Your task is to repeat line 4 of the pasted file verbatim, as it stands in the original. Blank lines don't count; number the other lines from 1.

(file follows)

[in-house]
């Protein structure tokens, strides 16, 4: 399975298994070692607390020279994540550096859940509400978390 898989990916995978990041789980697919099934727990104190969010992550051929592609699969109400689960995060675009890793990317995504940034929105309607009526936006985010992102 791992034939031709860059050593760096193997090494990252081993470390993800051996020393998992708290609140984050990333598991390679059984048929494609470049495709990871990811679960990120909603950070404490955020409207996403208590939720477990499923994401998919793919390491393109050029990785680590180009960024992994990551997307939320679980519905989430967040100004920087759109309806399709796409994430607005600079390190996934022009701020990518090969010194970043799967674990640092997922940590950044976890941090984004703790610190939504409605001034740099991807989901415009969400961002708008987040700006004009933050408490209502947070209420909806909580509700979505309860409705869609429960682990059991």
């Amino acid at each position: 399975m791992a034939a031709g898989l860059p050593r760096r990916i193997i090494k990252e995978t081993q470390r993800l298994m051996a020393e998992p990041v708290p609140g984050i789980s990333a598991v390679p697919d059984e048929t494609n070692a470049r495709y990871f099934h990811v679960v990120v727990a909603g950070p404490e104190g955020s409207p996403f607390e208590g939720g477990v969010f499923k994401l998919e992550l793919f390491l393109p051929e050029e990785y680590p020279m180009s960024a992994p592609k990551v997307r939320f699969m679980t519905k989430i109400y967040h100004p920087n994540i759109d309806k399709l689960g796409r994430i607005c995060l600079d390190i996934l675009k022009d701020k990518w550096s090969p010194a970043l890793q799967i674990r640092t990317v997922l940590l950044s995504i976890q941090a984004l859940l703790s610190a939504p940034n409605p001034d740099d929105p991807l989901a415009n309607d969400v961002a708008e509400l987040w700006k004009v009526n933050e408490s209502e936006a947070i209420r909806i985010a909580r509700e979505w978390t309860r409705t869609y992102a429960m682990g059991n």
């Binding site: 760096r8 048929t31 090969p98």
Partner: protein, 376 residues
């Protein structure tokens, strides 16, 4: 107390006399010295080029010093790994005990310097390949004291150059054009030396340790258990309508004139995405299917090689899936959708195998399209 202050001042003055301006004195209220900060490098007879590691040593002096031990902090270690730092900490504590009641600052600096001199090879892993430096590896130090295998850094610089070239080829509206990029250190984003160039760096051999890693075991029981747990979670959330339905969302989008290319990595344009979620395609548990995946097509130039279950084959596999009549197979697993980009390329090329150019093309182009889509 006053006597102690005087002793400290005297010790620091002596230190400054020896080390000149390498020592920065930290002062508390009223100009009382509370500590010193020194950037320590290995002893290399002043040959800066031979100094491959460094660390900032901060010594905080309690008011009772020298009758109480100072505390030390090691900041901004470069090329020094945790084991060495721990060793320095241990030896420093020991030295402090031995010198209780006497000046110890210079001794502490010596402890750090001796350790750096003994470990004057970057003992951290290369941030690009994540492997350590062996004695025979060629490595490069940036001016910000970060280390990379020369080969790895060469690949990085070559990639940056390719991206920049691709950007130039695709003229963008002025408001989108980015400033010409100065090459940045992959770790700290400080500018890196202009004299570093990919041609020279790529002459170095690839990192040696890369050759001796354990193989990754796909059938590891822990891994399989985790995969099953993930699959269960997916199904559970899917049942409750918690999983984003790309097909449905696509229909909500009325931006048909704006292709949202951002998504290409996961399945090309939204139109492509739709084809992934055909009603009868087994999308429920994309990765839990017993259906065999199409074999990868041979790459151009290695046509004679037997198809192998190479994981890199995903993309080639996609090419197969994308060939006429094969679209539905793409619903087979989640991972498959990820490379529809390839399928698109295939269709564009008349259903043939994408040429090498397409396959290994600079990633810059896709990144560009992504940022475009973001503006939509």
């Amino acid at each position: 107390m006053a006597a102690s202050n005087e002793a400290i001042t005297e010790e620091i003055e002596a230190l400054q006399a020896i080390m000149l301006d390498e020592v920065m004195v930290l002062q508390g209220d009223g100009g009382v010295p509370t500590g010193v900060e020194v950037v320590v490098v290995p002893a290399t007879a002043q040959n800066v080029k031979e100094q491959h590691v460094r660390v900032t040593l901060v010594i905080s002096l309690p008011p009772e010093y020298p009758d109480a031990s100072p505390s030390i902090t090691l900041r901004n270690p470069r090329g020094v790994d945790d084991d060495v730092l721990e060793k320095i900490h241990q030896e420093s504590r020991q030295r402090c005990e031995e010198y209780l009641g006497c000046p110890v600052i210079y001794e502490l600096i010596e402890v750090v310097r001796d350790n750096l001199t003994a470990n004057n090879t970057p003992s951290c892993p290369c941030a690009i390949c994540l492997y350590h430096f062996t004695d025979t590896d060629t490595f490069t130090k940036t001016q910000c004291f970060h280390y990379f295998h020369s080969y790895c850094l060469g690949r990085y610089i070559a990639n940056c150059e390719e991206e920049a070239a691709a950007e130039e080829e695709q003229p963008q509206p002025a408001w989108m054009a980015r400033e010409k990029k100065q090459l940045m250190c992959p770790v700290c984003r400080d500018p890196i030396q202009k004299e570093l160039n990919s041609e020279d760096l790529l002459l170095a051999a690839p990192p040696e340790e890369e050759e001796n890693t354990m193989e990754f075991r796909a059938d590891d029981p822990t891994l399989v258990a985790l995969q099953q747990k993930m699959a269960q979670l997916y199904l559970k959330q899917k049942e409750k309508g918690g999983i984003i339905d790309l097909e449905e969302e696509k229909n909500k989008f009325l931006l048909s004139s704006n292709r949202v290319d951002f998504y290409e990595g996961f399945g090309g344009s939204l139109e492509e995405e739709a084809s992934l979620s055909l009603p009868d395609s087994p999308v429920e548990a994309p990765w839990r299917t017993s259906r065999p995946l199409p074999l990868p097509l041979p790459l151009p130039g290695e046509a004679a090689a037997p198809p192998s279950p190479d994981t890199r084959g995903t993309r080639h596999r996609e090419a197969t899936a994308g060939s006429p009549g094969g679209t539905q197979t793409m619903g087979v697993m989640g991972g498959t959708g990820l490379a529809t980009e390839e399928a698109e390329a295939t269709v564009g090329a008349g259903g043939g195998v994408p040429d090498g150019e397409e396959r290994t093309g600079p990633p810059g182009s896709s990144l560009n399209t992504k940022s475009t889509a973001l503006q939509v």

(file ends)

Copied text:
């Binding site: 760096r8 048929t31 090969p98």